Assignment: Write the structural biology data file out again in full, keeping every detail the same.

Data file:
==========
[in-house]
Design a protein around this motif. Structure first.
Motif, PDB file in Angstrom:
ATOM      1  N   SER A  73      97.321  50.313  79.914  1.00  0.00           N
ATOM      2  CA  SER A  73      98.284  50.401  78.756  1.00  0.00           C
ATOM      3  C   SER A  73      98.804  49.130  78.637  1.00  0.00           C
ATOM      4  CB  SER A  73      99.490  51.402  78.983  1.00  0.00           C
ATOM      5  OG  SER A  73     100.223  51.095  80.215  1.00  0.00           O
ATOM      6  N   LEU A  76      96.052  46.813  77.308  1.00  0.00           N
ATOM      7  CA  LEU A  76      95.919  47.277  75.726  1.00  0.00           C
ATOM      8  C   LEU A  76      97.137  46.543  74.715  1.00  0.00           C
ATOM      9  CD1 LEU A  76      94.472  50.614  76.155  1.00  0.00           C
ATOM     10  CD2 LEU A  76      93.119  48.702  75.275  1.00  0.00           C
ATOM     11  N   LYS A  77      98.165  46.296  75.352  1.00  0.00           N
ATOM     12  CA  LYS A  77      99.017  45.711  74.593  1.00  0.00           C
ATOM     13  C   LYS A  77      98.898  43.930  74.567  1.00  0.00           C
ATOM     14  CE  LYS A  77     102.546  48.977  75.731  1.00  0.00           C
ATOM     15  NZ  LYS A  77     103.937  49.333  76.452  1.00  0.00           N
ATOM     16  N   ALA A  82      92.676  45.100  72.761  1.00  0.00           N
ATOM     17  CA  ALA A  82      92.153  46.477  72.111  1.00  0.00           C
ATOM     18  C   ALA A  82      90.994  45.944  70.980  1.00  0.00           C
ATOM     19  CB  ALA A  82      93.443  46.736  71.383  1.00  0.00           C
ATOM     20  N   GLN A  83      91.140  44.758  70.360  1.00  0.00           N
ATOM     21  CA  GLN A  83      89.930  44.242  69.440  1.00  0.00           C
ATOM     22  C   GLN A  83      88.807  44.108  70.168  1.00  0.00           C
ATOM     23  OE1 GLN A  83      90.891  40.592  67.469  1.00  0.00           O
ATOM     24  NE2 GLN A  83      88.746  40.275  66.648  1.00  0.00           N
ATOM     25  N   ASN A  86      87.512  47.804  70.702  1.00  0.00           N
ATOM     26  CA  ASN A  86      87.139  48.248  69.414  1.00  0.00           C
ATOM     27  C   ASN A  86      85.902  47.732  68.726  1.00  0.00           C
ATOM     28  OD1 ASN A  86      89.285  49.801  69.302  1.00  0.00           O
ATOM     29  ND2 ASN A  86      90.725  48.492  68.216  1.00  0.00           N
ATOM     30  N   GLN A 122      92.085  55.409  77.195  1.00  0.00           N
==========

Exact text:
[in-house]
Design a protein around this motif. Structure first.
Motif, PDB file in Angstrom:
ATOM      1  N   SER A  73      97.321  50.313  79.914  1.00  0.00           N
ATOM      2  CA  SER A  73      98.284  50.401  78.756  1.00  0.00           C
ATOM      3  C   SER A  73      98.804  49.130  78.637  1.00  0.00           C
ATOM      4  CB  SER A  73      99.490  51.402  78.983  1.00  0.00           C
ATOM      5  OG  SER A  73     100.223  51.095  80.215  1.00  0.00           O
ATOM      6  N   LEU A  76      96.052  46.813  77.308  1.00  0.00           N
ATOM      7  CA  LEU A  76      95.919  47.277  75.726  1.00  0.00           C
ATOM      8  C   LEU A  76      97.137  46.543  74.715  1.00  0.00           C
ATOM      9  CD1 LEU A  76      94.472  50.614  76.155  1.00  0.00           C
ATOM     10  CD2 LEU A  76      93.119  48.702  75.275  1.00  0.00           C
ATOM     11  N   LYS A  77      98.165  46.296  75.352  1.00  0.00           N
ATOM     12  CA  LYS A  77      99.017  45.711  74.593  1.00  0.00           C
ATOM     13  C   LYS A  77      98.898  43.930  74.567  1.00  0.00           C
ATOM     14  CE  LYS A  77     102.546  48.977  75.731  1.00  0.00           C
ATOM     15  NZ  LYS A  77     103.937  49.333  76.452  1.00  0.00           N
ATOM     16  N   ALA A  82      92.676  45.100  72.761  1.00  0.00           N
ATOM     17  CA  ALA A  82      92.153  46.477  72.111  1.00  0.00           C
ATOM     18  C   ALA A  82      90.994  45.944  70.980  1.00  0.00           C
ATOM     19  CB  ALA A  82      93.443  46.736  71.383  1.00  0.00           C
ATOM     20  N   GLN A  83      91.140  44.758  70.360  1.00  0.00           N
ATOM     21  CA  GLN A  83      89.930  44.242  69.440  1.00  0.00           C
ATOM     22  C   GLN A  83      88.807  44.108  70.168  1.00  0.00           C
ATOM     23  OE1 GLN A  83      90.891  40.592  67.469  1.00  0.00           O
ATOM     24  NE2 GLN A  83      88.746  40.275  66.648  1.00  0.00           N
ATOM     25  N   ASN A  86      87.512  47.804  70.702  1.00  0.00           N
ATOM     26  CA  ASN A  86      87.139  48.248  69.414  1.00  0.00           C
ATOM     27  C   ASN A  86      85.902  47.732  68.726  1.00  0.00           C
ATOM     28  OD1 ASN A  86      89.285  49.801  69.302  1.00  0.00           O
ATOM     29  ND2 ASN A  86      90.725  48.492  68.216  1.00  0.00           N
ATOM     30  N   GLN A 122      92.085  55.409  77.195  1.00  0.00           N